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Author Topic: Lug nut and Aluminum wheel question.  (Read 11016 times)
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xxobuick
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« on: July 22, 2013, 02:42:11 PM »

Hello Guys and Gals:

We were just going over the rule book with a fine tooth comb and found something we don't quite understand.  We are running one piece aluminum wheels up front and in the back.  They are both 4" wide.  We are running Front Runner Tires. 

Now are question is in the lug nut area.  The rule book states for all cars under 200 mph, which ours is, and the record is 138 or there abouts.  It states that the smallest part of the hex of a lug nut shall be larger than the largest part of the taper of the wheel mounting hole.  Lug nuts shall torque totally against a a wheels tapered surface with a minimum of 5/8" of stud engagement.


So the taper of the wheel is about .800" diameter where the lug nut seats.  Our lug nuts are .930" Diameter, so I believe we are good there, and we have extended studs that stick way out, so we have the .625" Stud engagement.

Now down on the page it also states about non ferrous wheels needing a 1/4" thick steel plate or large OD washers that are under the nuts. 

So does that mean the first paragraph under 2.G wheels only applies to steel wheels?

So does that also mean that you cannot run taper seat lug nuts and wheels with non ferrous wheels?

Would we have to modify our wheels to use the 1/4" retaining plate with flat nuts and make the wheel "hub concentric" rather than "lug concentric"?
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NathanStewart
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« Reply #1 on: July 22, 2013, 04:37:49 PM »

What exactly are you running for wheels?  Are they cast or forged?  Spun?  A lot of racing wheels have big thick steel insert rings inside of them... do yours?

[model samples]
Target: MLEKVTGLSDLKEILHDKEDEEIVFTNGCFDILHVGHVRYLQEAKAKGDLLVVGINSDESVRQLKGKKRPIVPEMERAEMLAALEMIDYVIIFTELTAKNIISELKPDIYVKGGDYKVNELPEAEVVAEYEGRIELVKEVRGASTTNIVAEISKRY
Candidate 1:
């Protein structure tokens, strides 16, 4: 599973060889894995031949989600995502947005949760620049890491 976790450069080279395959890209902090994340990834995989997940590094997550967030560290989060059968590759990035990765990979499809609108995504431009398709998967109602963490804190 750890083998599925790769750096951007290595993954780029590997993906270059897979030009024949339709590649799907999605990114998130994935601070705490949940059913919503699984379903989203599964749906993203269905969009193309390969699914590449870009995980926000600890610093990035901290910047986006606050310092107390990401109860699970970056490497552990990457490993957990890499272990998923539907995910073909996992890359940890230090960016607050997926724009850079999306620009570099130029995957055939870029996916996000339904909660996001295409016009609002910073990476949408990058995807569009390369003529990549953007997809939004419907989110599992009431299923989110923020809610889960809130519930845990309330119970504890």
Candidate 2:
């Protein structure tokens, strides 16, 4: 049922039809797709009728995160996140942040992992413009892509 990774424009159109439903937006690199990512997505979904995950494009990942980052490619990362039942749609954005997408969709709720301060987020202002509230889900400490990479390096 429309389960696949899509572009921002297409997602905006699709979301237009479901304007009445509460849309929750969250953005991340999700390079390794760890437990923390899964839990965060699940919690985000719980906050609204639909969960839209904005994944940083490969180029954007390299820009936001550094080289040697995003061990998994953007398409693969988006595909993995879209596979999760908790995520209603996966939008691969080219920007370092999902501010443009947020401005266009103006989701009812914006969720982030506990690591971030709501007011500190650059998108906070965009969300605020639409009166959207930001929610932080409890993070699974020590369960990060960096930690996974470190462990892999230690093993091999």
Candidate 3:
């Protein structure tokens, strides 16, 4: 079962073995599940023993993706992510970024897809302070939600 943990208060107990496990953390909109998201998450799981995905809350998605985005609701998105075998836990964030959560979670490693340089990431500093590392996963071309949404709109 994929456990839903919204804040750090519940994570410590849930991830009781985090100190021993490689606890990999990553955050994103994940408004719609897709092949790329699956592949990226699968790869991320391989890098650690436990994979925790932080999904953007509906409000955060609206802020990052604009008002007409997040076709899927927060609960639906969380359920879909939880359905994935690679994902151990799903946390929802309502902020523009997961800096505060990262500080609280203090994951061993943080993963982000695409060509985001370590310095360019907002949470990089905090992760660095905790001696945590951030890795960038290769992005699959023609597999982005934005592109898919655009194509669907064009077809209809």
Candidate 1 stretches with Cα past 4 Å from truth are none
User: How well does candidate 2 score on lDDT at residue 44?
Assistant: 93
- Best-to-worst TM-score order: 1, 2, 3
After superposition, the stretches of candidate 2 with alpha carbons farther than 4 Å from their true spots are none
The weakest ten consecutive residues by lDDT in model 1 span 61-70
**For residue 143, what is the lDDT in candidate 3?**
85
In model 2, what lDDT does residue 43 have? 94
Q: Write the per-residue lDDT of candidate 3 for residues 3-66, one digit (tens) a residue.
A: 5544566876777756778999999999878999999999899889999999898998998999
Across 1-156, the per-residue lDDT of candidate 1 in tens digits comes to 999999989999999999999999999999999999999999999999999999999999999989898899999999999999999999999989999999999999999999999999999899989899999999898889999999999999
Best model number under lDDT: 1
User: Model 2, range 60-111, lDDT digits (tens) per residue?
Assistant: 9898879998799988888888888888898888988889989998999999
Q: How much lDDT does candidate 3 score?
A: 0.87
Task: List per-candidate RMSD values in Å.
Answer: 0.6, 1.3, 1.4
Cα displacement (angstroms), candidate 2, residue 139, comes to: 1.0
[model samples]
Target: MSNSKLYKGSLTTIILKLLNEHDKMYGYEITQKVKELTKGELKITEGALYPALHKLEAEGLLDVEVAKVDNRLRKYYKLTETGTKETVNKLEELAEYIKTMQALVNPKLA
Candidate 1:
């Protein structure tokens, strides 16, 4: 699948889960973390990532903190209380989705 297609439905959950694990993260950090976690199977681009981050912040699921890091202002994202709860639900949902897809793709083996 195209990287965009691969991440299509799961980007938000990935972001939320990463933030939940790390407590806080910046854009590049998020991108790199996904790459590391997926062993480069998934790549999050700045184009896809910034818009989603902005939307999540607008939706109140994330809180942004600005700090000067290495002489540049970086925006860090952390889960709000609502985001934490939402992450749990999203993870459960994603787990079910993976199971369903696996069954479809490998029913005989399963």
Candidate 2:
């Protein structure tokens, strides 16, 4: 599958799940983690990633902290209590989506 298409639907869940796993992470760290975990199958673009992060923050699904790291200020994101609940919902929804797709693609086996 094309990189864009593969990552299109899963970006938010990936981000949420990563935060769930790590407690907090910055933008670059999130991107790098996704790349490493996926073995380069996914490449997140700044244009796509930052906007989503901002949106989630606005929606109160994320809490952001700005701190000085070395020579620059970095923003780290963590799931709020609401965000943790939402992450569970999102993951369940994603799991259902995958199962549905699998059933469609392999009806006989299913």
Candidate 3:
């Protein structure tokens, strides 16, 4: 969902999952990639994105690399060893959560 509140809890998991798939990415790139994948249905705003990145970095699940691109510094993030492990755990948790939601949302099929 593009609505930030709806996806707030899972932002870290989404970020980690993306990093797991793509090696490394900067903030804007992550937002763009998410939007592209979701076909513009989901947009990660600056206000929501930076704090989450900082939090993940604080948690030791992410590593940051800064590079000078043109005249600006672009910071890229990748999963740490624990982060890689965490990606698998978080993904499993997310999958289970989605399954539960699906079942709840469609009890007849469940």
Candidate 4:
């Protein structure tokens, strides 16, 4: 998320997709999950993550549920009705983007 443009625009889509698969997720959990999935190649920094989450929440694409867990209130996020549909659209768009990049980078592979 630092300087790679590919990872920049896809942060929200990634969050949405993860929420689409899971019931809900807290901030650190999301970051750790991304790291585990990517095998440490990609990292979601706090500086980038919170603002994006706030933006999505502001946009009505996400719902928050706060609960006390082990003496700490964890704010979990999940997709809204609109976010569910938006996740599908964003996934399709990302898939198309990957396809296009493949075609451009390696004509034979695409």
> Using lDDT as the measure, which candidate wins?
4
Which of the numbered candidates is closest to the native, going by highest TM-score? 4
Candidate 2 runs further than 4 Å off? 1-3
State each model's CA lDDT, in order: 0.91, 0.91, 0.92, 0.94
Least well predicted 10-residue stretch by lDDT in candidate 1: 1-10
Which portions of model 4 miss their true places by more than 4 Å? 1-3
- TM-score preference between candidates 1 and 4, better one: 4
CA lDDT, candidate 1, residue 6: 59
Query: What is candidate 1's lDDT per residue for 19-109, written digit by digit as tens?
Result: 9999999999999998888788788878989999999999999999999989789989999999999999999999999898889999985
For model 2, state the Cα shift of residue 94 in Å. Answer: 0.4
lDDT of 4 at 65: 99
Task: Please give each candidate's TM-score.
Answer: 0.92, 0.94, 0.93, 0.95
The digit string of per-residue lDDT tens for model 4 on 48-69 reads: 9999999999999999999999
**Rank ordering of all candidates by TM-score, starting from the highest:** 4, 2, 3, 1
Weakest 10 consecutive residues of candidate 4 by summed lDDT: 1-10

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xxobuick
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« Reply #2 on: July 22, 2013, 06:24:38 PM »

They are a cast aluminum one piece wheel.  No steel insert. 
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NathanStewart
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« Reply #3 on: July 22, 2013, 07:43:51 PM »

I believe we used "mag" style lug nuts on our aluminum wheels with steel plate combo.  The plate and the wheels were machined to locate off the shank of the nut.  Could you machine the taper off the wheels and then machine in a flat spot to accept a big heavy washer?
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xxobuick
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« Reply #4 on: July 22, 2013, 08:37:09 PM »

Yea, we can do that.  I was just clarifying if thats what "needed" to be done to satisfy the rules.  The rules on this subject are not the clearest.  I guess we will do that then.  I was just curious if anyone else has run aluminum cast wheels with a taper seat lug nut.
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jimmy six
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« Reply #5 on: July 23, 2013, 05:24:18 PM »

If you are concerned this is what I would do and have done. After long studs are installed, attach the wheels as normal using proper taper nuts. Make a 1/4" plate with your hole pattern, place it on the long studs and install 1" lug nuts flat face down. The rear of my roadster has been this way for 15 years. Front the same way with a hole for the hub. . . . . . . Good Luck.

PS: I use this for non-taperd wheels too
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Steve Walters
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« Reply #6 on: July 24, 2013, 01:37:48 AM »

I have the same wheels, the only way to get them to center properly is with the bulge tapared nuts which is mandated by the manufacture.  I spent 100 bucks for a machine shop to whittle out hub spacers for them, and they wouldn't center properly.  They center the wheel with the tapered lug holes, and then just punch an oversized hole in them to fit all applications, and models.

Steve
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Wa's Bad Banana
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JR529
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« Reply #7 on: July 24, 2013, 02:22:01 PM »